Ready to learn to meditate?
You’ve come to the right place.
For thousands of years, people have used various techniques to bring their minds to a quieter state of being using an array of practices to expanded states of consciousness. Although religious and cultural influences vary the method in which people meditate, some examples include chanting, breathing, ecstatic dancing, healing touch, listening to music, making love, visual stimulation, aromatherapy and even ruminating on the taste of chocolate. When you learn to meditate, each technique is specifically designed to move the mind from its current state of activity to one of present-moment witnessing awareness.
Although you may not realize it, you have already experienced the phenomena of present-moment witnessing awareness many times throughout your life. These are the moments when you are in the “still zone.” It’s that moment on a roller coaster when you are screaming at the top of your lungs as your body plunges downward, or when you are playing sports and every shot you take, every move you make, is the perfect one. It’s during that big presentation—rather than reading a memorized script, you spontaneously seem to channel just the right words in an effortless flow.
When people want to learn to meditate, I first introduce them to mantra meditation. The traditional image of a meditator is someone sitting cross-legged with eyes closed and their hands resting on their knees, with thumbs and index fingers touching to form a circle as they chant the sound Om. That chanting of Om is what’s called the chanting of a mantra.
The word “mantra” comes from two Sanskrit words: man, which means “mind,” and tra, which means “vehicle” or “instrument.” So your mantra is your mind vehicle . . . your mind instrument. It is a tool to transport the mind from a state of activity to one of stillness and silence. We get the words “train,” “travel,” and “transportation” from the Sanskrit root tra. Most mantras are comprised of the 50 letters of the Sanskrit alphabet. Mantras can consist of a single letter, a syllable or string of syllables, a word, or a whole sentence. Typically, most mantras are sounds, syllables, or vibrations that don’t necessarily have a meaning. Their value lies in their vibrational quality, not in any meaning that humans, society, culture, or civilization has placed on them over the last few thousand years. For this reason, they go beyond the state of human existence on this planet. And they take you deeper, because they are vibrations that have existed since the dawn of creation.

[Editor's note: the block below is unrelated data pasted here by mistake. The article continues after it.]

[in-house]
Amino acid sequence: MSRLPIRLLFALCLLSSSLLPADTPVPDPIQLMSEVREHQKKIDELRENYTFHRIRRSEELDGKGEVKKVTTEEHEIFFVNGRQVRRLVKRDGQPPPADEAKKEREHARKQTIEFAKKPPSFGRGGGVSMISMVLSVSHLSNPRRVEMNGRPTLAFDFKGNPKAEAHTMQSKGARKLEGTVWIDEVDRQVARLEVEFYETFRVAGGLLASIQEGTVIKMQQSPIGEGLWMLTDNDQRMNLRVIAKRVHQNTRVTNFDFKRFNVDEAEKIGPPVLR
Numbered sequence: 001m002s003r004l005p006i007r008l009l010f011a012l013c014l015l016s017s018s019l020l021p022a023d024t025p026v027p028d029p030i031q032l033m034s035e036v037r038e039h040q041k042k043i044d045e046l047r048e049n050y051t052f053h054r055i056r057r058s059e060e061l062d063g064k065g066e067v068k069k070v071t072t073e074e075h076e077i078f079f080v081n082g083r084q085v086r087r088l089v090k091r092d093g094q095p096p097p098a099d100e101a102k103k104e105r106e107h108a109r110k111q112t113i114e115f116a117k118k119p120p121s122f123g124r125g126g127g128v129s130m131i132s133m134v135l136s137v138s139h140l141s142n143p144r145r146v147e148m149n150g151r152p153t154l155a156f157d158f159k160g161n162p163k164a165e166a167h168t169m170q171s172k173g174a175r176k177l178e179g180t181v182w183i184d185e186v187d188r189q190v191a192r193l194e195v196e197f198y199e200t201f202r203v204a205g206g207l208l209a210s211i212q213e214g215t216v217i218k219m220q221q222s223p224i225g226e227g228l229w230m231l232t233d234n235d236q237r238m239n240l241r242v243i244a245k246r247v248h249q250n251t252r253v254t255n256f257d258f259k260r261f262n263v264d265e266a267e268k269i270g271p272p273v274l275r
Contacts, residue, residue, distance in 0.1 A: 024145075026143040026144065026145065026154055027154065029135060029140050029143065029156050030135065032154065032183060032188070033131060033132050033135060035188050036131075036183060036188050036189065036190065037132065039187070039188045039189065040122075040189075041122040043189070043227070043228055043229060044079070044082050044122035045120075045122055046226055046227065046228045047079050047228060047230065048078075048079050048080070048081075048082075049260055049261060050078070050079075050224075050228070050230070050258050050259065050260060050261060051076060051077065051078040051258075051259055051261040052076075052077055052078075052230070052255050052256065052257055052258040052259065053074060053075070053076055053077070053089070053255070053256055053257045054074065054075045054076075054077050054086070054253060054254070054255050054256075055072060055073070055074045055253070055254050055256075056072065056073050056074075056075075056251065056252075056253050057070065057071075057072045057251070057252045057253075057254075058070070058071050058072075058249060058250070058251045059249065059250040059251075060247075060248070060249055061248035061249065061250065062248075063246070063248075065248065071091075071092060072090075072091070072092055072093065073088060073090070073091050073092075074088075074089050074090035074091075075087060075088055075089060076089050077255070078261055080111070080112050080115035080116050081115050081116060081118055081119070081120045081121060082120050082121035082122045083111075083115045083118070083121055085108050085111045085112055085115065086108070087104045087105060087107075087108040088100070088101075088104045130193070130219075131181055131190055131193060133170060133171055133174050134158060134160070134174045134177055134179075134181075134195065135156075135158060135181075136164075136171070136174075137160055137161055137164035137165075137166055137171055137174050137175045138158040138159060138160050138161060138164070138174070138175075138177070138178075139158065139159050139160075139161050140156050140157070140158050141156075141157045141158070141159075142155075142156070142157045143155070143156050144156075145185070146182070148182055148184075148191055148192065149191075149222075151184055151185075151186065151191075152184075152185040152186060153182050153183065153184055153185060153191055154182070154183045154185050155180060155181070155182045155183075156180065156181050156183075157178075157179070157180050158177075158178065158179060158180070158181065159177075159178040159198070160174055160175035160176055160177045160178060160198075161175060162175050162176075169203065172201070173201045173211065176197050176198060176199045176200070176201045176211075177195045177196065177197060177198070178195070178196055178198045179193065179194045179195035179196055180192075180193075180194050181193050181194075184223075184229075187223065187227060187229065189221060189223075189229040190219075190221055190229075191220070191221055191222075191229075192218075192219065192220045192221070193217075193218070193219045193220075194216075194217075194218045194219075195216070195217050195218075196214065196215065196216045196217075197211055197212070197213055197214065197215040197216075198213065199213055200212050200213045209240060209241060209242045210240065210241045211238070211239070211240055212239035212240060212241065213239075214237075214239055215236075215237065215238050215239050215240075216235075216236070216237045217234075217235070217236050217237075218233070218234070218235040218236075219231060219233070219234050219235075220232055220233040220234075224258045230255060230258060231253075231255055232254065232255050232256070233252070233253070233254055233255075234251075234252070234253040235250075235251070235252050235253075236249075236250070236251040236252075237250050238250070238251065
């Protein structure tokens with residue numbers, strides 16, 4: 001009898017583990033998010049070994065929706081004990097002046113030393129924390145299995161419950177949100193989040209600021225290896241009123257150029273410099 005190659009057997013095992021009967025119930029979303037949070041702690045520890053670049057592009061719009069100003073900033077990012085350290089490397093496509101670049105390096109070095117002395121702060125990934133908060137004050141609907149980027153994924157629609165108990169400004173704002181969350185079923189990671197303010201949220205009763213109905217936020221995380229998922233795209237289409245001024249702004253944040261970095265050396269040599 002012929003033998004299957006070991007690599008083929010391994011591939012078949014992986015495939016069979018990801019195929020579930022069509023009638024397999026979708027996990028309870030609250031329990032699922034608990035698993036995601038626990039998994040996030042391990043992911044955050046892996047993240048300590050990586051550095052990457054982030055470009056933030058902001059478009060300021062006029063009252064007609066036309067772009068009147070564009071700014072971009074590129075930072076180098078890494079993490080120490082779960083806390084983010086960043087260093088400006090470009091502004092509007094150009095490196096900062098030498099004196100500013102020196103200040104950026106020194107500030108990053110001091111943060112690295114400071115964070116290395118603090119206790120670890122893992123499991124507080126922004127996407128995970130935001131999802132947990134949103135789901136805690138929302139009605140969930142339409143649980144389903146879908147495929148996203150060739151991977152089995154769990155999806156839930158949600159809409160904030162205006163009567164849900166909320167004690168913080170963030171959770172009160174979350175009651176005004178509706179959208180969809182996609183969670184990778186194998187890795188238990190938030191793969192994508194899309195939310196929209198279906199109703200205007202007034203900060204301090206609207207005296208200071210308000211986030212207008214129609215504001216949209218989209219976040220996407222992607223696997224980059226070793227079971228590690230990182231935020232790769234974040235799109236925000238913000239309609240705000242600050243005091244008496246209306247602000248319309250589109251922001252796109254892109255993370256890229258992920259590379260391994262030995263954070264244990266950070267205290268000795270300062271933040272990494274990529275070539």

All guests at my retreats, if they don’t already have one, receive their personal mantras in a special ceremony. But if you don’t have a personal mantra, using the “hymn of the universe” works just fine.
Om, often referred to as the hymn of the universe, is the oldest mantra sacred to Hindus, Buddhists and Jains. Om is considered the ultimate vibration, because it contains every vibration that has ever existed and every vibration that will ever exist. Just as white light contains all the colors of the spectrum, Om contains every sound in the vibrational spectrum—even those we can’t hear with our ears.
TRY IT! First, take a deep breath in through your nostrils and hold it for a moment and then slowly let it out. Do that again.Say Om out loud and feel the vibration as it is birthed, then sustains, and then dies out as you purse your lips.
Now let’s whisper it. Om. And now begin repeating it silently to yourself. Om, Om, Om, Om.
Close your eyes and silently repeat the mantra over and over.
When you notice that you have drifted away from the mantra to thoughts in your mind, sounds in the environment, or sensations in your physical body, gently drift back to the mantra. It will get louder and fainter, faster and slower; it will even become jumbled, distorted, and inaudible. However the mantra changes, simply keep repeating it, and when you notice you’ve drifted away just gently drift back. Back and forth and back and forth again. Gently surrender to the back and forth.
Learn more about mantra meditation, in my book “Secrets of Meditation.”
When you have a consistent daily meditation practice, instead of only having sporadic tastes of the bliss of present-moment awareness, you begin to experience that bliss more and more in your everyday life. As you meditate regularly, a physiological shift occurs that grows deeper, stronger, and more profound with repetition. Like building any muscle in your body, meditation is a practice that transforms your entire physiology over time. This shift is subtle at first, and as the process of physical and emotional softening occurs, you begin to view life in new and expanded ways. Life takes on a different hue . . . a deeper meaning . . . a more universal understanding that pervades every cell of your being. The present-moment awareness you experience in meditation begins to flow throughout each thought, each conversation, each keystroke and each breath.
Interested in learning about other meditation methods? Visit our Meditation Room and explore other ways to learn to meditate.